If you remember Vietnam, you remember the Bell UH-1.
- By John Sotham
- Air & Space magazine, May 2000
US Army photo. NASM 9A00345
(Page 2 of 7)
I think this was my first as a command-ship pilot, and I was for survival. I would’ve been very happy flying the brigade commander up there at 5,000 feet, or [General William] Westmoreland to his apartment in Saigon. It’s amazing how many places I considered being besides there.
In assaults, we usually started drawing fire at 1,000 feet, sometimes at 500. This time we didn’t.
At 500 feet, on a glide path to the clearing, smoke from the just completed prestrike by our artillery and gunships drifted straight up in the still air. There had to be one time when the prep actually worked and everybody was killed in the LZ [landing zone]. I hoped this might be it.
Fighting my feeling of dread, I went through the automatic routine of checking the smoke drift for wind direction. None. We approached from the east, three ships lined up in a trail, to land in the skinny LZ. But it was too quiet!
At 100 feet above the trees, closing on the near end of the LZ, the door gunners in Yellow One started firing. They shot into the trees at the edge of the clearing, into the bushes, anywhere they suspected the enemy was hiding. There was no return fire. The two gunships on each side of our flight opened up with their flex guns. Smoke poured out of them as they crackled. My ears rang with the loud but muffled popping as my door gunners joined in with the rest. I ached to have my own trigger. With so many bullets tearing into the LZ, it was hard to believe anyone on the ground could survive.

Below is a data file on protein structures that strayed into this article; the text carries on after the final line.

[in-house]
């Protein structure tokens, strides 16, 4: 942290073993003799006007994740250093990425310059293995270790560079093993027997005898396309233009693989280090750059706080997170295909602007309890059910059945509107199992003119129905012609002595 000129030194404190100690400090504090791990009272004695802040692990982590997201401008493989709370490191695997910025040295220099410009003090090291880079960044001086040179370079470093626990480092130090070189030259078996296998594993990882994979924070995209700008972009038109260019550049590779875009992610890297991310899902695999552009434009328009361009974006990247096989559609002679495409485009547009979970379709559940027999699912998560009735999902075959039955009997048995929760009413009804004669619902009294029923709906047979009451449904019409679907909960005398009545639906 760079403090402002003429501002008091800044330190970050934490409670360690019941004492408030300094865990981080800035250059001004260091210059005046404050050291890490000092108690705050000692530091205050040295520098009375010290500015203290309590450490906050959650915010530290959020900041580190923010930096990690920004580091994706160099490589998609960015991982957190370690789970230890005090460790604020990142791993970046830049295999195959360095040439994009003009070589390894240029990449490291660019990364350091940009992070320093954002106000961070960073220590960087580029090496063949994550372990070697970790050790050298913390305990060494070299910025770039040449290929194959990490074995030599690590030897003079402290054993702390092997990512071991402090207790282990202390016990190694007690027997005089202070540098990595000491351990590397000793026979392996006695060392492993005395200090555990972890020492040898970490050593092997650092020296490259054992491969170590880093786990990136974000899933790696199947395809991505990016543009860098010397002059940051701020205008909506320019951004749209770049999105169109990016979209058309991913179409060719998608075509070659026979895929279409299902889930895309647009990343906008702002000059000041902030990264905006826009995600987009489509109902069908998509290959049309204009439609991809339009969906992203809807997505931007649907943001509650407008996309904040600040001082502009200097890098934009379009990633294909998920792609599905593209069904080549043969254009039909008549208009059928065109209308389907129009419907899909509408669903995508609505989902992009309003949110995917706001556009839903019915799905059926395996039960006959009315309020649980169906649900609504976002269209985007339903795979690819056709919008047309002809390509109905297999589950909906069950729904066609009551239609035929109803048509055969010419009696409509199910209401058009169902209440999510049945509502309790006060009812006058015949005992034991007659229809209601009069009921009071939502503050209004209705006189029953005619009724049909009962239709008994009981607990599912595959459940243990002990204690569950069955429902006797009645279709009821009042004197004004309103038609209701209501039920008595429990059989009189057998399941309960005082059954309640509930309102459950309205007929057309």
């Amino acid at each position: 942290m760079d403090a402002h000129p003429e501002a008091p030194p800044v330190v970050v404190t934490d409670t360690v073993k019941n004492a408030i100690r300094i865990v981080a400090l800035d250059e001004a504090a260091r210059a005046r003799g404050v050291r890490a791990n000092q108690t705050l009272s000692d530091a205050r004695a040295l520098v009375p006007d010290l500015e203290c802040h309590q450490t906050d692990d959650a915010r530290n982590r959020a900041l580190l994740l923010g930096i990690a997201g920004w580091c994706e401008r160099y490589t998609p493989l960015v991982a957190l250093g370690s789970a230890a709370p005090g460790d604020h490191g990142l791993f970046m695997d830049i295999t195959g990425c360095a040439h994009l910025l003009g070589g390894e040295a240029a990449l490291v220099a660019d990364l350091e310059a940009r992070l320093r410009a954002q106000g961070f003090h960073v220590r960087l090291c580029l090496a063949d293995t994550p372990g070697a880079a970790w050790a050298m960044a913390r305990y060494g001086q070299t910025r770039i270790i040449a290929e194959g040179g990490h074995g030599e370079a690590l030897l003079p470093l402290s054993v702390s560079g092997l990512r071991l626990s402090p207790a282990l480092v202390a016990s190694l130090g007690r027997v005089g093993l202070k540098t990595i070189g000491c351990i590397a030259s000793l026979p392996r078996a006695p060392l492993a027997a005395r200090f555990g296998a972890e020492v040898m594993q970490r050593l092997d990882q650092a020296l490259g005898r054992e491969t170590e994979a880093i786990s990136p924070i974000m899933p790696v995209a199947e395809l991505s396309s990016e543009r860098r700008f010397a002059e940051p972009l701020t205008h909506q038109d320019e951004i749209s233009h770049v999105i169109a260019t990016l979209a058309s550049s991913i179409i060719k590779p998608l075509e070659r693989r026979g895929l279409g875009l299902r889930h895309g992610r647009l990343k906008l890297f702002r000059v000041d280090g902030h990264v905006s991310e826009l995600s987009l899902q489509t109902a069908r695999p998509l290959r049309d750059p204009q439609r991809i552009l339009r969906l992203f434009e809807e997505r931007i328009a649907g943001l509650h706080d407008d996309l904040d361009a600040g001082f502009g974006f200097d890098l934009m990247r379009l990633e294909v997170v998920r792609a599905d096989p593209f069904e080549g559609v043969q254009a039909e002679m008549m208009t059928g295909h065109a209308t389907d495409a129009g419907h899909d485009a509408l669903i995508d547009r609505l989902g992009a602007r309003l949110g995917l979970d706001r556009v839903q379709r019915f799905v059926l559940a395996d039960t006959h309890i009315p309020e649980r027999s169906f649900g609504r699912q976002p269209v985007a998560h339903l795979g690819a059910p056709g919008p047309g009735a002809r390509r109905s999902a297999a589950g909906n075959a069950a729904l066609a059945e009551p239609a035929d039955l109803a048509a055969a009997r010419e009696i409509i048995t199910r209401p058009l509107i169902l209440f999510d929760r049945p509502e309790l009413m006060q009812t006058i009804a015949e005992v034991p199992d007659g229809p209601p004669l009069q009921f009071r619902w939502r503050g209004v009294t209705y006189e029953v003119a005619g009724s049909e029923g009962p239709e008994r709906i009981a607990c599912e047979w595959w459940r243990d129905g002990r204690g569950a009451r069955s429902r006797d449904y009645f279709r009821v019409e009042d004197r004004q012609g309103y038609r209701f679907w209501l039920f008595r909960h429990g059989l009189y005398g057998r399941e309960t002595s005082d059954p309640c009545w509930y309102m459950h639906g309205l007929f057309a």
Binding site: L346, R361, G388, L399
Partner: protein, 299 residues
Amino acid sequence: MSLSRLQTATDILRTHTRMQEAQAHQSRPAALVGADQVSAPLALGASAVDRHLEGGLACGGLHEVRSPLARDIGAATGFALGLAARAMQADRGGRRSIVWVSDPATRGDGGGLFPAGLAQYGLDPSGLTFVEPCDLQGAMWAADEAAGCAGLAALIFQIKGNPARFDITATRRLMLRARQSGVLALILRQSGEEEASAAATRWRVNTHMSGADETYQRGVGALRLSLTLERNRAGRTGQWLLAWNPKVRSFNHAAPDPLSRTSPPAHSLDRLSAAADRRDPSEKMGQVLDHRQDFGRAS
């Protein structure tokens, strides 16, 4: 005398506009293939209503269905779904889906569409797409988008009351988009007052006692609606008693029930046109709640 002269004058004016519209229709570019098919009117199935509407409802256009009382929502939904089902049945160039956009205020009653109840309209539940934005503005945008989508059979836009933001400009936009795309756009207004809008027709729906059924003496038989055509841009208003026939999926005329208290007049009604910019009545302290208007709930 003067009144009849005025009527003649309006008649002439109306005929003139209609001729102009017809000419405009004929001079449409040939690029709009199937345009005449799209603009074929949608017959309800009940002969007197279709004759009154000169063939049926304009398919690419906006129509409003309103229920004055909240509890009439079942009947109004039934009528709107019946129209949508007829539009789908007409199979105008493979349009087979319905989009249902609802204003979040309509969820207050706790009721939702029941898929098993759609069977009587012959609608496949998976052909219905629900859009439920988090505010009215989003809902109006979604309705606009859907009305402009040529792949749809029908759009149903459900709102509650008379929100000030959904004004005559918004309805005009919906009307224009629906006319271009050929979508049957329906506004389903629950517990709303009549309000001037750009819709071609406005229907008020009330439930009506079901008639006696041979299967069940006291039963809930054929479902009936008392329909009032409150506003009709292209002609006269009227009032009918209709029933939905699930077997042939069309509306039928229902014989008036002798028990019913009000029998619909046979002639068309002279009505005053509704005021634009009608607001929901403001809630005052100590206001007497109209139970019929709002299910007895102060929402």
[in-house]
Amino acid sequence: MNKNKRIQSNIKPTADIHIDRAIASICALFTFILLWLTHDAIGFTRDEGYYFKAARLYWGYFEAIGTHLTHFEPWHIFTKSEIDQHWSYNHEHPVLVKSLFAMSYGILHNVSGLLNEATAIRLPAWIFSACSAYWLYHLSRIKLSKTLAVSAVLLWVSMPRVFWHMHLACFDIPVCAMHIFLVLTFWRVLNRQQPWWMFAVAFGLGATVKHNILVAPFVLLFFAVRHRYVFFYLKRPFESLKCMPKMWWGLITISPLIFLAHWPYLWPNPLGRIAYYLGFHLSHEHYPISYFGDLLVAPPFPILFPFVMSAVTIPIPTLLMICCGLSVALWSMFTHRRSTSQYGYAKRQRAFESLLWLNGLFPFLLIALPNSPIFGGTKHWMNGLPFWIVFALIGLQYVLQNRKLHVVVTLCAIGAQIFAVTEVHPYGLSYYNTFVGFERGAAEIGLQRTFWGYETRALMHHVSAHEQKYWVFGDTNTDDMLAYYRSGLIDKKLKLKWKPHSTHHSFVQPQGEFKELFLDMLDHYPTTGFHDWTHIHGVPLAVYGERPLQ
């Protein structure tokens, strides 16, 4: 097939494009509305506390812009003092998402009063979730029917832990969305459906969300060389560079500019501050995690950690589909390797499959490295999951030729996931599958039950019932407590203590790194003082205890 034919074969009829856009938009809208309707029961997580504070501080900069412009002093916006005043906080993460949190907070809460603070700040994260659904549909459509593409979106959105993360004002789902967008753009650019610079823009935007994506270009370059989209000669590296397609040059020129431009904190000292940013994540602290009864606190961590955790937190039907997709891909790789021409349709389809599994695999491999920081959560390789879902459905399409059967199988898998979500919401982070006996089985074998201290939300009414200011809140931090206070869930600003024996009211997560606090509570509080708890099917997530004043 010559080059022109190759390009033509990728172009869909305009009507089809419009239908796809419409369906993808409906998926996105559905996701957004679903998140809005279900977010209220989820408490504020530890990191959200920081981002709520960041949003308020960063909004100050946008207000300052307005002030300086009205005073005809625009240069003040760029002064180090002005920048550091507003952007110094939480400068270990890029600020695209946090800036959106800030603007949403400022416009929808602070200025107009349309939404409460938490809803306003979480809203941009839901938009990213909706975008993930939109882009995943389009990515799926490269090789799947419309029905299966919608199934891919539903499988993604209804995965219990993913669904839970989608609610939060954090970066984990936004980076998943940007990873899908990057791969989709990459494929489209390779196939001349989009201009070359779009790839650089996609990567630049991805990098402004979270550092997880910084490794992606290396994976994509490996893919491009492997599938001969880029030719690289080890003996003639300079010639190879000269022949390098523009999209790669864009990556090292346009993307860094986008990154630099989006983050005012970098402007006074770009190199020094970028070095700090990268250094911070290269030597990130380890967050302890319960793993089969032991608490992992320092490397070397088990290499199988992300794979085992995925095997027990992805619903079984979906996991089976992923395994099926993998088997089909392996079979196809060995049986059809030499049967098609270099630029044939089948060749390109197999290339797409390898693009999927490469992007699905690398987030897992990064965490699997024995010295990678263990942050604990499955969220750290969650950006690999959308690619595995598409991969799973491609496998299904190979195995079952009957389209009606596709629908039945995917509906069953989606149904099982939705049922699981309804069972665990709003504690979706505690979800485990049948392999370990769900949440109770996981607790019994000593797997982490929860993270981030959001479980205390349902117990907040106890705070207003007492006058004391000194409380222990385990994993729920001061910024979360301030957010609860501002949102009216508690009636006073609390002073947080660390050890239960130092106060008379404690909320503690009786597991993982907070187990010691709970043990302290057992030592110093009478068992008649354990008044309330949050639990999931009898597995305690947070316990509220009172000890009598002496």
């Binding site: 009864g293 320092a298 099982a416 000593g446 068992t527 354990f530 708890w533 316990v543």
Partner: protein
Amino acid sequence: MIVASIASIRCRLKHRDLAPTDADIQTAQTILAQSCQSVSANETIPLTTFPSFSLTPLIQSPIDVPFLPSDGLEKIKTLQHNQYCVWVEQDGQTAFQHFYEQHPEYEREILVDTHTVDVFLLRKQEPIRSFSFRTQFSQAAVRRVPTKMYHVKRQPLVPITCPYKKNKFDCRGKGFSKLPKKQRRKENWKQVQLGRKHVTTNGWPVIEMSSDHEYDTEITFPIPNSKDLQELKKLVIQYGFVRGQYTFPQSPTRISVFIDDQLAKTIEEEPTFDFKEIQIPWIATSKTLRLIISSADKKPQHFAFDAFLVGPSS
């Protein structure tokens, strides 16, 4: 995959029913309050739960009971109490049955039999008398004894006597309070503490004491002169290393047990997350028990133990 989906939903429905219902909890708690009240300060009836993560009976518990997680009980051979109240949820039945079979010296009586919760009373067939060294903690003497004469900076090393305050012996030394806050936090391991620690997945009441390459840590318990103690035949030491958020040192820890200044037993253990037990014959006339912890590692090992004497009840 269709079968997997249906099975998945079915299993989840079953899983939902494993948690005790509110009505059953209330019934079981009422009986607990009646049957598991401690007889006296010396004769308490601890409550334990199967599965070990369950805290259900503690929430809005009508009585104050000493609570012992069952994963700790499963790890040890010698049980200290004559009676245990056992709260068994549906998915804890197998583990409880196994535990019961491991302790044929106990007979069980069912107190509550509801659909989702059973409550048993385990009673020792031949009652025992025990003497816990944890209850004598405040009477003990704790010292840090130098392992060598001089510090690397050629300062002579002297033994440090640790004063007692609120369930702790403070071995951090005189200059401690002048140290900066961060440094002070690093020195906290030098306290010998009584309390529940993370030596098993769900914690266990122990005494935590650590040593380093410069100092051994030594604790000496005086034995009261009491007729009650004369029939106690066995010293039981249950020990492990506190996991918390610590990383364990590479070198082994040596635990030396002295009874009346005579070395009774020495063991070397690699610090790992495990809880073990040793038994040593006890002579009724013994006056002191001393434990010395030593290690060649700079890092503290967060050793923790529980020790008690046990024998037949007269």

The gunships had to stop firing as we flared close to the ground because we could be hit by ricocheting bullets. Still no return fire. Maybe they were all dead! Could this be the wrong spot?
My adrenaline was high, and I was keenly aware of every movement of the ship. I waited for the lurch of dismounting troopers as the skids neared the ground. They were growling and yelling behind me, psyched for battle. I could hear them yelling above all the noise. I still can.
My landing was synchronized with the lead ship, and as our skids hit the ground, so did the boots of the growling troops.